Examining the original meaning of the phrase in Greek gives us a clear understanding of just who is “the man of God”.  In Vine’s Expository Dictionary of New Testament Words we find that the Greek word for man used in this phrase is: anthropos {anth'-ro-pos} (Strong’s #444); a human being, male or female, without reference to sex or nationality.”  We get our word anthropology, the study of man, from this word.  Vine’s further explains:

“The phrase ‘the man of God’, 2 Tim. 3:17, is not used as an official designation, nor denoting a special class of believers, it specifies what every believer should be, namely, a person whose life and conduct represent the mind of God and fulfill His will; so in 1 Tim. 6:11, ‘O man of God’.  Some regard this in the O.T. sense as of a prophet acting in a distinctive character, possessed of Divine authority; but the context is of such a general character as to confirm the more extended designation here.”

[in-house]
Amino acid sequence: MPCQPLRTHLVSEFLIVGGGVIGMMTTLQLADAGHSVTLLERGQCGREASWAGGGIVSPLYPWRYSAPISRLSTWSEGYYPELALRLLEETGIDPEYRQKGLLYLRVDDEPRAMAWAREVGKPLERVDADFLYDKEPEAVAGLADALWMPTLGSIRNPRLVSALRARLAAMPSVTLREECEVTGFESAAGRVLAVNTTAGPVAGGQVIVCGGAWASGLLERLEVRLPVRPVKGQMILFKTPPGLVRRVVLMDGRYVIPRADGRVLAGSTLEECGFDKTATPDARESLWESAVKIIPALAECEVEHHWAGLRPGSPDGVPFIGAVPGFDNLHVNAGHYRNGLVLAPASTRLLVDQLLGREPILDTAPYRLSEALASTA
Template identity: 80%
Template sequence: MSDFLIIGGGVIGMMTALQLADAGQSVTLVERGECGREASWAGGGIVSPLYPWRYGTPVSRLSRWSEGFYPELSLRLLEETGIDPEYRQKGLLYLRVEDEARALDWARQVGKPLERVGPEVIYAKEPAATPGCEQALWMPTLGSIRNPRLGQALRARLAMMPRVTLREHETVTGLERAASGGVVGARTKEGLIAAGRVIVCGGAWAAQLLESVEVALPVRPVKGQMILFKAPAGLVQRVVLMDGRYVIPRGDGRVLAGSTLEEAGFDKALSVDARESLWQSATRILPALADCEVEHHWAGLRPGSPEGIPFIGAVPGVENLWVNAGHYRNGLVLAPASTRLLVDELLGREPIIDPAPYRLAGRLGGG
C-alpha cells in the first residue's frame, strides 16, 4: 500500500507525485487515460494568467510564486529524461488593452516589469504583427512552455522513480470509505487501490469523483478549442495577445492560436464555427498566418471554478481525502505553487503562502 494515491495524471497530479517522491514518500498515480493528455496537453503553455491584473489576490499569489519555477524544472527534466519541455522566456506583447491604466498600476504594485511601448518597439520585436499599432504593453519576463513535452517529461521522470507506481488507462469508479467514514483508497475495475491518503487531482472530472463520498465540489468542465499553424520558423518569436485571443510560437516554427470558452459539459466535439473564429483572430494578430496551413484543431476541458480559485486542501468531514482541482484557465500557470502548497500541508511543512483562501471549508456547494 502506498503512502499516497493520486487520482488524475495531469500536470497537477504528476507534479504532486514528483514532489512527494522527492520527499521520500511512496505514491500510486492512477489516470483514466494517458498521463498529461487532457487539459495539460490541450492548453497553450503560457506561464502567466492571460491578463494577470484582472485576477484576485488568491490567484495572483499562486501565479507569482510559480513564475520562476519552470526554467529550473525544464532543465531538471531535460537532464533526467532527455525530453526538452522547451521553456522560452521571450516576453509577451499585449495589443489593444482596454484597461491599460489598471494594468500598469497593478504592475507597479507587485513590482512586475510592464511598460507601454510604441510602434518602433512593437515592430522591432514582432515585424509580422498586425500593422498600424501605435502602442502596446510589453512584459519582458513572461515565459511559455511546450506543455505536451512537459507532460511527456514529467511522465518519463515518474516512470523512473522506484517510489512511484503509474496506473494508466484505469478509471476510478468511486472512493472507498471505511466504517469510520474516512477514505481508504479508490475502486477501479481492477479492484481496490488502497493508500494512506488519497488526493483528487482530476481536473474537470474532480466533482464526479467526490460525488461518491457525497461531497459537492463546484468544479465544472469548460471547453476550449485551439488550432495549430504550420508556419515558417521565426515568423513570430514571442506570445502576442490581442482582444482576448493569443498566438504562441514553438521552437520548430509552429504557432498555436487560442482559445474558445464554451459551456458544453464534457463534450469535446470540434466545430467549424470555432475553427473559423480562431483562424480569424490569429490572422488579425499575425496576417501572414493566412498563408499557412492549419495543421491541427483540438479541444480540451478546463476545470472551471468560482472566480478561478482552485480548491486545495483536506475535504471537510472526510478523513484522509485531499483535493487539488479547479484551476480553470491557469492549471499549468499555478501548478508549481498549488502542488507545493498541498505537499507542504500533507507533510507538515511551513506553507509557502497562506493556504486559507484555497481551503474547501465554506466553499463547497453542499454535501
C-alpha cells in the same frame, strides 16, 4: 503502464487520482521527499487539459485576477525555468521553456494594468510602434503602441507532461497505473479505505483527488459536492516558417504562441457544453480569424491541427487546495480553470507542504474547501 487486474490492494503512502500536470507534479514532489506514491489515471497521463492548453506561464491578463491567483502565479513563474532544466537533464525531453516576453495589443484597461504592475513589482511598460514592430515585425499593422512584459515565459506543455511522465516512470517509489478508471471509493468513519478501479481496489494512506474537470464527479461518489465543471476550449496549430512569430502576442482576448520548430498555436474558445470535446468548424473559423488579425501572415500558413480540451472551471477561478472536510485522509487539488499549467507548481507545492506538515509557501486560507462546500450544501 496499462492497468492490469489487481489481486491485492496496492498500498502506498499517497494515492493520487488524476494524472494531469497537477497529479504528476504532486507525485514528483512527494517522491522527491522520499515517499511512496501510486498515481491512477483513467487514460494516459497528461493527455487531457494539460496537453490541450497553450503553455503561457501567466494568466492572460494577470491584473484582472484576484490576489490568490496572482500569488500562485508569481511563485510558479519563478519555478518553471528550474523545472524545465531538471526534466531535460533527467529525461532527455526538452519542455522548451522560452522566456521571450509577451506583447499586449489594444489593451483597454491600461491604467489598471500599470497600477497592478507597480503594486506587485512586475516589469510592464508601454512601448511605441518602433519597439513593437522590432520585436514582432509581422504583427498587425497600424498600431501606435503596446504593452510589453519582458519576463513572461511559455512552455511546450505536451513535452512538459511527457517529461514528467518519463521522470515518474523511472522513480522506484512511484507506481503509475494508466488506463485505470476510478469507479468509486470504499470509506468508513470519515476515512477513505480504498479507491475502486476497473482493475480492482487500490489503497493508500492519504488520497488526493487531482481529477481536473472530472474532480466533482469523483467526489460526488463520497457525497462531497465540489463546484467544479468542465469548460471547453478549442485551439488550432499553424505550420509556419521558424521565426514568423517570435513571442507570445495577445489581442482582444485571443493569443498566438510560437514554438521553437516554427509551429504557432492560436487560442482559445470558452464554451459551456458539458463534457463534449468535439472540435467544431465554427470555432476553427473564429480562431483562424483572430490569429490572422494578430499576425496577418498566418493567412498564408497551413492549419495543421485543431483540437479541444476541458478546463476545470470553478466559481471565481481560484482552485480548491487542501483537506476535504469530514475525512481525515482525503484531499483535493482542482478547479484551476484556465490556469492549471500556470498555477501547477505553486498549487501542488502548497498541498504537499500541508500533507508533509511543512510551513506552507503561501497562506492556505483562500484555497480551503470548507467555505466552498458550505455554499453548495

So, every born-again person, man or women, is a “human being of God”.  Scripture further tells us that God is no respecter of persons (Rom. 2:11), we are all equal in importance (Gal. 3:28), and we are all “saints” (Col. 1:12).  Therefore, no single Christian or group of Christians is more important than another. 

Let’s consider the next building block in our assumptions about one-man ministry.  If we believe that a pastor is a special class of Christian, a “Man of God”, then it’s natural for us to place him in a special profession, the “Ministry”.